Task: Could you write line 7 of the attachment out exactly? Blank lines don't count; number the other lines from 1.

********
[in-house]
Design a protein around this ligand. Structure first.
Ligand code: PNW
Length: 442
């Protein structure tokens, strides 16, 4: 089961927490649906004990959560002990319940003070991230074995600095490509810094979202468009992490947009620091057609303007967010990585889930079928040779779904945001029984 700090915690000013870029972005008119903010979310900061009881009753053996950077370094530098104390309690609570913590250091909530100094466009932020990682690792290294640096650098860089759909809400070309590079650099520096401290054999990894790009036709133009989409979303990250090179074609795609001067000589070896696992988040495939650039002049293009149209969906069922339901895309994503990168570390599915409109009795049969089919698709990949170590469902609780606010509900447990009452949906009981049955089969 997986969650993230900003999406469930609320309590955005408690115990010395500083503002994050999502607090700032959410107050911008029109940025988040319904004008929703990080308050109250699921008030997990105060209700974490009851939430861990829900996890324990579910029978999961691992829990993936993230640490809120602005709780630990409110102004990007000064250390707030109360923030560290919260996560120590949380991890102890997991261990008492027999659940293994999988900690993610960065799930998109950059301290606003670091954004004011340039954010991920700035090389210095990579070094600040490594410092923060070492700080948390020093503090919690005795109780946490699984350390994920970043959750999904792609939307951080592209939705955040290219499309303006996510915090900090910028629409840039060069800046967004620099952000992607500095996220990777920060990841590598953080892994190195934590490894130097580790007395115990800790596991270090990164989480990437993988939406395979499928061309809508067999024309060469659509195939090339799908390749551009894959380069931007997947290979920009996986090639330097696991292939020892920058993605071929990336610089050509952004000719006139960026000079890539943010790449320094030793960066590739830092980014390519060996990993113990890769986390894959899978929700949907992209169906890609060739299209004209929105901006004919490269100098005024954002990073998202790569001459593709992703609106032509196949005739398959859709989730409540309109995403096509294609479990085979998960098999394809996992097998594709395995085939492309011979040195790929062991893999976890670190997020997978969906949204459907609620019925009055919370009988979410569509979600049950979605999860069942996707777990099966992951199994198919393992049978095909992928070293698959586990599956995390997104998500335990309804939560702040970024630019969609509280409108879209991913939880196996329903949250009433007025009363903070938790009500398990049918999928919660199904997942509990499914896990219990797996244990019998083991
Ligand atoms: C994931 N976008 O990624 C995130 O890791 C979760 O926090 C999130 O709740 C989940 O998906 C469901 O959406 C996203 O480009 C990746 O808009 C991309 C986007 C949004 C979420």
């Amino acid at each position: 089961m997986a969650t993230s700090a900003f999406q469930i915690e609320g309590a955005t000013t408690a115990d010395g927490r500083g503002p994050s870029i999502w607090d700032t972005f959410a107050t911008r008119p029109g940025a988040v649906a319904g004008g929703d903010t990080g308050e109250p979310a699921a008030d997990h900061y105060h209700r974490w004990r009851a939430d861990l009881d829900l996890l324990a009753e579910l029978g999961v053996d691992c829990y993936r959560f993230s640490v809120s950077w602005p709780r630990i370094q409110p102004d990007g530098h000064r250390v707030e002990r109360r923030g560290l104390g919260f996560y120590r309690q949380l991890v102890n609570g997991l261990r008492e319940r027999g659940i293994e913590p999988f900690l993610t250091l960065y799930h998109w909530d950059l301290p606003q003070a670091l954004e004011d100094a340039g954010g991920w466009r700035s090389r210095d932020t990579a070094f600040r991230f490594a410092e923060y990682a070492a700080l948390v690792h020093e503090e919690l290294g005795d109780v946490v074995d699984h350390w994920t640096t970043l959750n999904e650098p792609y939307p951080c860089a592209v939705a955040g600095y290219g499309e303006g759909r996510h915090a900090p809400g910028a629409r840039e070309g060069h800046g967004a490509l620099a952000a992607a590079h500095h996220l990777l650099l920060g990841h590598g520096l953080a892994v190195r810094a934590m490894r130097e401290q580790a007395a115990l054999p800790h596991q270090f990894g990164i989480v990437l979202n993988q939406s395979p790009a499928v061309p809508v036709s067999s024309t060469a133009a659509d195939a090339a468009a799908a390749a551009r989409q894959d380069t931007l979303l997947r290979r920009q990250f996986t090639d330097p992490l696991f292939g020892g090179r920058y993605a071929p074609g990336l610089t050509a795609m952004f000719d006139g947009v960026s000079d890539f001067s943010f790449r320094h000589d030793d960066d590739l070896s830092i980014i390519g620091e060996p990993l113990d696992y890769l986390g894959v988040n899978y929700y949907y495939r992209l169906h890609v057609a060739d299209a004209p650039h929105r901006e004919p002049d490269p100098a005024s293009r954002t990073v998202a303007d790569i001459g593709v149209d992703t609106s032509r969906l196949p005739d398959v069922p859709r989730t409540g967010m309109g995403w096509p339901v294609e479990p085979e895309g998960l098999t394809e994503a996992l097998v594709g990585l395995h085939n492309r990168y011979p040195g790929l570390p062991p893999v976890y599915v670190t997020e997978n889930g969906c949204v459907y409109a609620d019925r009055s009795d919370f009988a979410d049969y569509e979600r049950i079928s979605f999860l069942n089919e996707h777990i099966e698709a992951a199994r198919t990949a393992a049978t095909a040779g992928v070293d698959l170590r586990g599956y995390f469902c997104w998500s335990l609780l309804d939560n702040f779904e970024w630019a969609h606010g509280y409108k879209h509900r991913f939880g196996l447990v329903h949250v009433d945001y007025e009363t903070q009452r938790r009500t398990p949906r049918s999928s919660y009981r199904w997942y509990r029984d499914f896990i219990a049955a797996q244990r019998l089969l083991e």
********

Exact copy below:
């Amino acid at each position: 089961m997986a969650t993230s700090a900003f999406q469930i915690e609320g309590a955005t000013t408690a115990d010395g927490r500083g503002p994050s870029i999502w607090d700032t972005f959410a107050t911008r008119p029109g940025a988040v649906a319904g004008g929703d903010t990080g308050e109250p979310a699921a008030d997990h900061y105060h209700r974490w004990r009851a939430d861990l009881d829900l996890l324990a009753e579910l029978g999961v053996d691992c829990y993936r959560f993230s640490v809120s950077w602005p709780r630990i370094q409110p102004d990007g530098h000064r250390v707030e002990r109360r923030g560290l104390g919260f996560y120590r309690q949380l991890v102890n609570g997991l261990r008492e319940r027999g659940i293994e913590p999988f900690l993610t250091l960065y799930h998109w909530d950059l301290p606003q003070a670091l954004e004011d100094a340039g954010g991920w466009r700035s090389r210095d932020t990579a070094f600040r991230f490594a410092e923060y990682a070492a700080l948390v690792h020093e503090e919690l290294g005795d109780v946490v074995d699984h350390w994920t640096t970043l959750n999904e650098p792609y939307p951080c860089a592209v939705a955040g600095y290219g499309e303006g759909r996510h915090a900090p809400g910028a629409r840039e070309g060069h800046g967004a490509l620099a952000a992607a590079h500095h996220l990777l650099l920060g990841h590598g520096l953080a892994v190195r810094a934590m490894r130097e401290q580790a007395a115990l054999p800790h596991q270090f990894g990164i989480v990437l979202n993988q939406s395979p790009a499928v061309p809508v036709s067999s024309t060469a133009a659509d195939a090339a468009a799908a390749a551009r989409q894959d380069t931007l979303l997947r290979r920009q990250f996986t090639d330097p992490l696991f292939g020892g090179r920058y993605a071929p074609g990336l610089t050509a795609m952004f000719d006139g947009v960026s000079d890539f001067s943010f790449r320094h000589d030793d960066d590739l070896s830092i980014i390519g620091e060996p990993l113990d696992y890769l986390g894959v988040n899978y929700y949907y495939r992209l169906h890609v057609a060739d299209a004209p650039h929105r901006e004919p002049d490269p100098a005024s293009r954002t990073v998202a303007d790569i001459g593709v149209d992703t609106s032509r969906l196949p005739d398959v069922p859709r989730t409540g967010m309109g995403w096509p339901v294609e479990p085979e895309g998960l098999t394809e994503a996992l097998v594709g990585l395995h085939n492309r990168y011979p040195g790929l570390p062991p893999v976890y599915v670190t997020e997978n889930g969906c949204v459907y409109a609620d019925r009055s009795d919370f009988a979410d049969y569509e979600r049950i079928s979605f999860l069942n089919e996707h777990i099966e698709a992951a199994r198919t990949a393992a049978t095909a040779g992928v070293d698959l170590r586990g599956y995390f469902c997104w998500s335990l609780l309804d939560n702040f779904e970024w630019a969609h606010g509280y409108k879209h509900r991913f939880g196996l447990v329903h949250v009433d945001y007025e009363t903070q009452r938790r009500t398990p949906r049918s999928s919660y009981r199904w997942y509990r029984d499914f896990i219990a049955a797996q244990r019998l089969l083991e």